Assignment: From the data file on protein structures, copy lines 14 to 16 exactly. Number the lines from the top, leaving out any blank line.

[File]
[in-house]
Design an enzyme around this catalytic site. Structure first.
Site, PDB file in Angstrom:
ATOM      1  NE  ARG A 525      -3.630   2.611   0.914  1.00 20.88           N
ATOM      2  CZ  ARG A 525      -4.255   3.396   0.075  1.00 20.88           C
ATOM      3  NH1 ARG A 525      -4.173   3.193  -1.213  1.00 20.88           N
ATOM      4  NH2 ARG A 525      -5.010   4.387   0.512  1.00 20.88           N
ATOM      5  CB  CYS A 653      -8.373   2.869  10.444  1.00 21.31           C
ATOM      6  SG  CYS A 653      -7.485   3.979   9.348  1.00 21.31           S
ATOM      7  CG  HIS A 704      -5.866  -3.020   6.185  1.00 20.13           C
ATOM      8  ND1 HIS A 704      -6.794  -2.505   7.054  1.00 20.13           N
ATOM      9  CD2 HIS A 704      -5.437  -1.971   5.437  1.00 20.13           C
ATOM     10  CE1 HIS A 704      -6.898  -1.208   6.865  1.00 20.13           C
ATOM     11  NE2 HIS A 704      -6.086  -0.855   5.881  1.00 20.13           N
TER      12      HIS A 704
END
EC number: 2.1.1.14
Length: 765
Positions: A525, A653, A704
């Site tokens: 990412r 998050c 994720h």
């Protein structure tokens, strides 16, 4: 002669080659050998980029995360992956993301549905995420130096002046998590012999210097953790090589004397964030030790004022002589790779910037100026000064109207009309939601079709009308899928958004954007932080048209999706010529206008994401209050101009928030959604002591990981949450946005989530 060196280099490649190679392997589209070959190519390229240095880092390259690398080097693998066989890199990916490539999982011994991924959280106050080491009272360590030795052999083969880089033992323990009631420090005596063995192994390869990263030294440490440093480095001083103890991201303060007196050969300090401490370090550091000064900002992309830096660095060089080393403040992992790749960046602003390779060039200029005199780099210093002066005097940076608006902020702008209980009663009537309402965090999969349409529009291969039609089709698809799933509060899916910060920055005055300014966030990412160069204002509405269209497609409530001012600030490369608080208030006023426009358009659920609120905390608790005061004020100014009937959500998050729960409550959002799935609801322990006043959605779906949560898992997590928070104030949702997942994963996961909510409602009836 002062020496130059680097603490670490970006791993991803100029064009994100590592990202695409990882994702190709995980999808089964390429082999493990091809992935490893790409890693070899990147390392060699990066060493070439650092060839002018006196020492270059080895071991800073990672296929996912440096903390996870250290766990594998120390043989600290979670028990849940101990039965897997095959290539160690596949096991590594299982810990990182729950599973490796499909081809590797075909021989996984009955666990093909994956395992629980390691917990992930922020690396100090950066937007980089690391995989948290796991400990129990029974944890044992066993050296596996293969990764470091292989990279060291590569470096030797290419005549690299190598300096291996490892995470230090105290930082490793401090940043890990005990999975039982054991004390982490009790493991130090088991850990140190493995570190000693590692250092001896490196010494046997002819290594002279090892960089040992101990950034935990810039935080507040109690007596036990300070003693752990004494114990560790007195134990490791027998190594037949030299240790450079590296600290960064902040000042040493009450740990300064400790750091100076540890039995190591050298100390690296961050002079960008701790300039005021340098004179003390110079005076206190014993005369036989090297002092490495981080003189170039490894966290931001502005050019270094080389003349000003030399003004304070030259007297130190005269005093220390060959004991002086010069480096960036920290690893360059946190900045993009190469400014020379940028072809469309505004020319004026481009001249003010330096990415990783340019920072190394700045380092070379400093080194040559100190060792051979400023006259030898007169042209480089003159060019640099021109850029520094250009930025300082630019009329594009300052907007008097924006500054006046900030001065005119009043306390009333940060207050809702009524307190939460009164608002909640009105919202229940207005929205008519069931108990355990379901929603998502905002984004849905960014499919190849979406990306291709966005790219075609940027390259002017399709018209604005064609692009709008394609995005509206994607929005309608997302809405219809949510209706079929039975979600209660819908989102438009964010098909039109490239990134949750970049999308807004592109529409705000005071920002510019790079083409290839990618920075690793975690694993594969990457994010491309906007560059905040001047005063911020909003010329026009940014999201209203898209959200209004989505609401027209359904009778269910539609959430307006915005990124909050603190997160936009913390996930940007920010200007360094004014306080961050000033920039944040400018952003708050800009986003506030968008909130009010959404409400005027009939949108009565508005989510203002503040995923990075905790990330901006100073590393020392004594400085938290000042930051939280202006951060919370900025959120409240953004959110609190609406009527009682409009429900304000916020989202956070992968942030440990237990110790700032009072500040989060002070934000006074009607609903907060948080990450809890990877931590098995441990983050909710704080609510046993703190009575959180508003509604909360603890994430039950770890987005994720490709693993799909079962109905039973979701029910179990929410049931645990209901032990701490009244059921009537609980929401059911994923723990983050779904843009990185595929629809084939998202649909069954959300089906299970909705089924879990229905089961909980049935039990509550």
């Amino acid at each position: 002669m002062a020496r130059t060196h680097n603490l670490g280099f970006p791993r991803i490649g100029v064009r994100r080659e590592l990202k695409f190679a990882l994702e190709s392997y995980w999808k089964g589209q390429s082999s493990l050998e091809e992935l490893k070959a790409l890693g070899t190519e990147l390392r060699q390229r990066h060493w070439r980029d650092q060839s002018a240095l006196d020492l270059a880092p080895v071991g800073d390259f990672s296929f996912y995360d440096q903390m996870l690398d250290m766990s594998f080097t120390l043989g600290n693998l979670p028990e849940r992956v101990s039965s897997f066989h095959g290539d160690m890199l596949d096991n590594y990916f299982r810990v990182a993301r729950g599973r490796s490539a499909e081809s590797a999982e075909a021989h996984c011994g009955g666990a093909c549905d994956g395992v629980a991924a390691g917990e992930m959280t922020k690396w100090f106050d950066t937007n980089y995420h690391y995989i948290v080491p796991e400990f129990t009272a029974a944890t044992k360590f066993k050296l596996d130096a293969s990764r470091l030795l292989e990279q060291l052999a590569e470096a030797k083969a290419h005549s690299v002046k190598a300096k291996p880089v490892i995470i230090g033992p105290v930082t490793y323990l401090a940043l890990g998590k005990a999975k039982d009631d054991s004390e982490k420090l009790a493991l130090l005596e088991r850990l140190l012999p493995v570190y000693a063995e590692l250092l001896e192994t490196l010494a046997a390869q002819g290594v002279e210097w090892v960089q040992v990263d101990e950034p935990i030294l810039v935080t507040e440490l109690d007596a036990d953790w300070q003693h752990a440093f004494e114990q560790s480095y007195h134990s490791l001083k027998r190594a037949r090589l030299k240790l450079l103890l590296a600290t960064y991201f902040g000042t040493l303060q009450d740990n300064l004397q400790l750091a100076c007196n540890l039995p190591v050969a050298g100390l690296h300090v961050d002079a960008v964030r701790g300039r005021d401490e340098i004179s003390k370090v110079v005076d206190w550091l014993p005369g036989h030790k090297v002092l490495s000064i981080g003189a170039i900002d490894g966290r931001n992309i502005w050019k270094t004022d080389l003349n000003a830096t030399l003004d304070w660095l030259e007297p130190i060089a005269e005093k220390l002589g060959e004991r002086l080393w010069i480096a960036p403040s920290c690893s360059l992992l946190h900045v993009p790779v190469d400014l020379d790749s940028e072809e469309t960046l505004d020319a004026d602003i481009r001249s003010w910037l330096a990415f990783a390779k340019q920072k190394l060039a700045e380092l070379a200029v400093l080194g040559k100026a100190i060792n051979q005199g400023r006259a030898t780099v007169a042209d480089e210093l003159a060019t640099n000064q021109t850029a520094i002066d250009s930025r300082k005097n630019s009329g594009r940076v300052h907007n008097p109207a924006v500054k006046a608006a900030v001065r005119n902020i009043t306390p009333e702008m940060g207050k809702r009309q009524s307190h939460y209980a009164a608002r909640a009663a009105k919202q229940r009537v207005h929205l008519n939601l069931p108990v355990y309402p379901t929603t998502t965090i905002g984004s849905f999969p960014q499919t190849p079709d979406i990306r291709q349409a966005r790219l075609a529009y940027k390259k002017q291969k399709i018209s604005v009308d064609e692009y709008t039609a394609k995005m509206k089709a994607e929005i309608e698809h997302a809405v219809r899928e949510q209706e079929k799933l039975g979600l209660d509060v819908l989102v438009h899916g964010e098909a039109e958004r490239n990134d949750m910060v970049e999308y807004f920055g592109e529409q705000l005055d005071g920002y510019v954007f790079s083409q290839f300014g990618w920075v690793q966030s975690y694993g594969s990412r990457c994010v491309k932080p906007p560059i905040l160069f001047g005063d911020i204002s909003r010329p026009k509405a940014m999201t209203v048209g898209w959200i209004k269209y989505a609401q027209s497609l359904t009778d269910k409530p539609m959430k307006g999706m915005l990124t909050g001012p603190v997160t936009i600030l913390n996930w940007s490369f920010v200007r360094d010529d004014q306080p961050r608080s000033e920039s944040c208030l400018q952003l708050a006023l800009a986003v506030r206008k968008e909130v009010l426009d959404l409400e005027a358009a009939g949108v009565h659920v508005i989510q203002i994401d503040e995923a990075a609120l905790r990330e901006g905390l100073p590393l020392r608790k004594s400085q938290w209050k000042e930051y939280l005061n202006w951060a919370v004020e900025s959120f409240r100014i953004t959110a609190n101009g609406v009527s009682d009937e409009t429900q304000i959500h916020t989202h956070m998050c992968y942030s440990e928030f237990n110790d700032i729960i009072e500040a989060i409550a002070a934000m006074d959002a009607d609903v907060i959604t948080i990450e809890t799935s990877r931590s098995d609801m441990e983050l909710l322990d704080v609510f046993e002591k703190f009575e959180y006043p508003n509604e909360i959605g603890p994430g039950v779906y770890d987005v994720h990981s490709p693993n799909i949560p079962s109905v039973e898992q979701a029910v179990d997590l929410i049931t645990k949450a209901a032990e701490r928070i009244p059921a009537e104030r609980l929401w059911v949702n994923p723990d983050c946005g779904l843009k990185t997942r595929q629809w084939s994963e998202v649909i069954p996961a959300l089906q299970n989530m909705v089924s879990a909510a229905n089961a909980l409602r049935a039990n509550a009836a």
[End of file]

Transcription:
ATOM     11  NE2 HIS A 704      -6.086  -0.855   5.881  1.00 20.13           N
TER      12      HIS A 704
END